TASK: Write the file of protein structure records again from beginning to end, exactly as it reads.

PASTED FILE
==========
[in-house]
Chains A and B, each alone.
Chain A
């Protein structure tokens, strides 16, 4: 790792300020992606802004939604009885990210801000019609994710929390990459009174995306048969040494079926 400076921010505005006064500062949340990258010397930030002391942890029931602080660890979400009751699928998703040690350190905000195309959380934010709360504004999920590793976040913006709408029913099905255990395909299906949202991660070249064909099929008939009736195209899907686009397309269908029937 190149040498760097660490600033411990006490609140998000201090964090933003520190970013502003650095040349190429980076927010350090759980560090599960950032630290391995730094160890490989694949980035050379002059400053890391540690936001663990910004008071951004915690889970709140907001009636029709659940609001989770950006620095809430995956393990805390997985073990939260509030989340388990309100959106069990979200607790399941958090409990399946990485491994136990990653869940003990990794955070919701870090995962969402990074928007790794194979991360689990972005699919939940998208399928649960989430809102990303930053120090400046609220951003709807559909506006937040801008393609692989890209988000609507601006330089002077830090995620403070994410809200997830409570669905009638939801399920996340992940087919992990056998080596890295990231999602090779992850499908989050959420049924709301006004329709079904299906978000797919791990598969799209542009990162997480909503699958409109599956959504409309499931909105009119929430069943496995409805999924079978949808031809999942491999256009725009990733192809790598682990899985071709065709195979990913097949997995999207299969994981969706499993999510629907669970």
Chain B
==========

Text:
[in-house]
Chains A and B, each alone.
Chain A
């Protein structure tokens, strides 16, 4: 790792300020992606802004939604009885990210801000019609994710929390990459009174995306048969040494079926 400076921010505005006064500062949340990258010397930030002391942890029931602080660890979400009751699928998703040690350190905000195309959380934010709360504004999920590793976040913006709408029913099905255990395909299906949202991660070249064909099929008939009736195209899907686009397309269908029937 190149040498760097660490600033411990006490609140998000201090964090933003520190970013502003650095040349190429980076927010350090759980560090599960950032630290391995730094160890490989694949980035050379002059400053890391540690936001663990910004008071951004915690889970709140907001009636029709659940609001989770950006620095809430995956393990805390997985073990939260509030989340388990309100959106069990979200607790399941958090409990399946990485491994136990990653869940003990990794955070919701870090995962969402990074928007790794194979991360689990972005699919939940998208399928649960989430809102990303930053120090400046609220951003709807559909506006937040801008393609692989890209988000609507601006330089002077830090995620403070994410809200997830409570669905009638939801399920996340992940087919992990056998080596890295990231999602090779992850499908989050959420049924709301006004329709079904299906978000797919791990598969799209542009990162997480909503699958409109599956959504409309499931909105009119929430069943496995409805999924079978949808031809999942491999256009725009990733192809790598682990899985071709065709195979990913097949997995999207299969994981969706499993999510629907669970």
Chain B